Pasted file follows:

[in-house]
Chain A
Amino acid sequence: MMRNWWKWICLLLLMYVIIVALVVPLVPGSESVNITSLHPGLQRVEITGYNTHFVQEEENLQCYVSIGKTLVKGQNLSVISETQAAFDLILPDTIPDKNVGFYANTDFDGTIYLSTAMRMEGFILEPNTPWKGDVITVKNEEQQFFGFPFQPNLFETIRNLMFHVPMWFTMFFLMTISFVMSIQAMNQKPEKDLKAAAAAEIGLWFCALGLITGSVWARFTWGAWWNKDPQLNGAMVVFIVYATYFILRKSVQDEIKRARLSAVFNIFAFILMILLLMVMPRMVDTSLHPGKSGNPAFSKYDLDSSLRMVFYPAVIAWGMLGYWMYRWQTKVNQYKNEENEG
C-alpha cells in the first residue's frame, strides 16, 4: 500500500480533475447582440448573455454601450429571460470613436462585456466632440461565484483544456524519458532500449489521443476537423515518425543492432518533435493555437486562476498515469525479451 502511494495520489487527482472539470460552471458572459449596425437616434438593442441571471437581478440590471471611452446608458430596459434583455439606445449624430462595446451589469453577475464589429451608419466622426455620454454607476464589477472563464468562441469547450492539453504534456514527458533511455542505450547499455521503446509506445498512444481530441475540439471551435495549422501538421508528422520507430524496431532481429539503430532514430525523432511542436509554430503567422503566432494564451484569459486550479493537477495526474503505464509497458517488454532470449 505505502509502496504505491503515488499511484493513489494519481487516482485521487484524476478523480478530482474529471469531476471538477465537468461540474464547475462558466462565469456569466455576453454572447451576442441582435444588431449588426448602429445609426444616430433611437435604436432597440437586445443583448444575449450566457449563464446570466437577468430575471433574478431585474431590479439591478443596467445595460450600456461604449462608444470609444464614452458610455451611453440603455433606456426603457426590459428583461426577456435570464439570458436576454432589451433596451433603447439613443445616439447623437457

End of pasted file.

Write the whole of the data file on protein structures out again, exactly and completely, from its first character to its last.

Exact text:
[in-house]
Chain A
Amino acid sequence: MMRNWWKWICLLLLMYVIIVALVVPLVPGSESVNITSLHPGLQRVEITGYNTHFVQEEENLQCYVSIGKTLVKGQNLSVISETQAAFDLILPDTIPDKNVGFYANTDFDGTIYLSTAMRMEGFILEPNTPWKGDVITVKNEEQQFFGFPFQPNLFETIRNLMFHVPMWFTMFFLMTISFVMSIQAMNQKPEKDLKAAAAAEIGLWFCALGLITGSVWARFTWGAWWNKDPQLNGAMVVFIVYATYFILRKSVQDEIKRARLSAVFNIFAFILMILLLMVMPRMVDTSLHPGKSGNPAFSKYDLDSSLRMVFYPAVIAWGMLGYWMYRWQTKVNQYKNEENEG
C-alpha cells in the first residue's frame, strides 16, 4: 500500500480533475447582440448573455454601450429571460470613436462585456466632440461565484483544456524519458532500449489521443476537423515518425543492432518533435493555437486562476498515469525479451 502511494495520489487527482472539470460552471458572459449596425437616434438593442441571471437581478440590471471611452446608458430596459434583455439606445449624430462595446451589469453577475464589429451608419466622426455620454454607476464589477472563464468562441469547450492539453504534456514527458533511455542505450547499455521503446509506445498512444481530441475540439471551435495549422501538421508528422520507430524496431532481429539503430532514430525523432511542436509554430503567422503566432494564451484569459486550479493537477495526474503505464509497458517488454532470449 505505502509502496504505491503515488499511484493513489494519481487516482485521487484524476478523480478530482474529471469531476471538477465537468461540474464547475462558466462565469456569466455576453454572447451576442441582435444588431449588426448602429445609426444616430433611437435604436432597440437586445443583448444575449450566457449563464446570466437577468430575471433574478431585474431590479439591478443596467445595460450600456461604449462608444470609444464614452458610455451611453440603455433606456426603457426590459428583461426577456435570464439570458436576454432589451433596451433603447439613443445616439447623437457